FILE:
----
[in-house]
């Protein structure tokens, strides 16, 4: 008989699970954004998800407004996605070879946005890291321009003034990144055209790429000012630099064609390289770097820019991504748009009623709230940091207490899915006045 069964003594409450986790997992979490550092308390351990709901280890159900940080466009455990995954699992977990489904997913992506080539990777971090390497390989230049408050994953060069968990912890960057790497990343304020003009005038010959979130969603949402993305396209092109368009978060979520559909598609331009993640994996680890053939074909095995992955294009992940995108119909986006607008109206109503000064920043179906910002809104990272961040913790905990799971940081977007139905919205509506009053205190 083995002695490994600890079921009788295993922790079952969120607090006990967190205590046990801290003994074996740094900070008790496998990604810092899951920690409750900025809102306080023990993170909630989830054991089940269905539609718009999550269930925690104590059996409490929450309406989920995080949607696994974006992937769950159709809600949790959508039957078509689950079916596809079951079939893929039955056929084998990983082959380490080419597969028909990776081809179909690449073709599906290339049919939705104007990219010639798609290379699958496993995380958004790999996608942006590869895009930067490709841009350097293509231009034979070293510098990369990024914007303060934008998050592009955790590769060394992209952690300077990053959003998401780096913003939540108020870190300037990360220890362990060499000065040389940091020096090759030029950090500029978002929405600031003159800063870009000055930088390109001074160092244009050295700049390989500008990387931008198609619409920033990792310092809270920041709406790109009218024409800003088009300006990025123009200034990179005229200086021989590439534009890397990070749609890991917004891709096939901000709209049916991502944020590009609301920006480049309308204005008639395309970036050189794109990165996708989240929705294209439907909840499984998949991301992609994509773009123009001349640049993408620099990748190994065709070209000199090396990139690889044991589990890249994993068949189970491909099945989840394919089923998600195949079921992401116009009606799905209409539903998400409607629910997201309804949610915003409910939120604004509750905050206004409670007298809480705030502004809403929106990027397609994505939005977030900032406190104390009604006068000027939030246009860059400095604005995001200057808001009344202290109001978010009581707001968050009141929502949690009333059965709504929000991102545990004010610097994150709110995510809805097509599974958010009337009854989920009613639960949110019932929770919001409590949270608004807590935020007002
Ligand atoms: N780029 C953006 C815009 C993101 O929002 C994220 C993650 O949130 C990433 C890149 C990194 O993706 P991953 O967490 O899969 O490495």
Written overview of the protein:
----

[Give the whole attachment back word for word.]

[in-house]
């Protein structure tokens, strides 16, 4: 008989699970954004998800407004996605070879946005890291321009003034990144055209790429000012630099064609390289770097820019991504748009009623709230940091207490899915006045 069964003594409450986790997992979490550092308390351990709901280890159900940080466009455990995954699992977990489904997913992506080539990777971090390497390989230049408050994953060069968990912890960057790497990343304020003009005038010959979130969603949402993305396209092109368009978060979520559909598609331009993640994996680890053939074909095995992955294009992940995108119909986006607008109206109503000064920043179906910002809104990272961040913790905990799971940081977007139905919205509506009053205190 083995002695490994600890079921009788295993922790079952969120607090006990967190205590046990801290003994074996740094900070008790496998990604810092899951920690409750900025809102306080023990993170909630989830054991089940269905539609718009999550269930925690104590059996409490929450309406989920995080949607696994974006992937769950159709809600949790959508039957078509689950079916596809079951079939893929039955056929084998990983082959380490080419597969028909990776081809179909690449073709599906290339049919939705104007990219010639798609290379699958496993995380958004790999996608942006590869895009930067490709841009350097293509231009034979070293510098990369990024914007303060934008998050592009955790590769060394992209952690300077990053959003998401780096913003939540108020870190300037990360220890362990060499000065040389940091020096090759030029950090500029978002929405600031003159800063870009000055930088390109001074160092244009050295700049390989500008990387931008198609619409920033990792310092809270920041709406790109009218024409800003088009300006990025123009200034990179005229200086021989590439534009890397990070749609890991917004891709096939901000709209049916991502944020590009609301920006480049309308204005008639395309970036050189794109990165996708989240929705294209439907909840499984998949991301992609994509773009123009001349640049993408620099990748190994065709070209000199090396990139690889044991589990890249994993068949189970491909099945989840394919089923998600195949079921992401116009009606799905209409539903998400409607629910997201309804949610915003409910939120604004509750905050206004409670007298809480705030502004809403929106990027397609994505939005977030900032406190104390009604006068000027939030246009860059400095604005995001200057808001009344202290109001978010009581707001968050009141929502949690009333059965709504929000991102545990004010610097994150709110995510809805097509599974958010009337009854989920009613639960949110019932929770919001409590949270608004807590935020007002
Ligand atoms: N780029 C953006 C815009 C993101 O929002 C994220 C993650 O949130 C990433 C890149 C990194 O993706 P991953 O967490 O899969 O490495």
Written overview of the protein: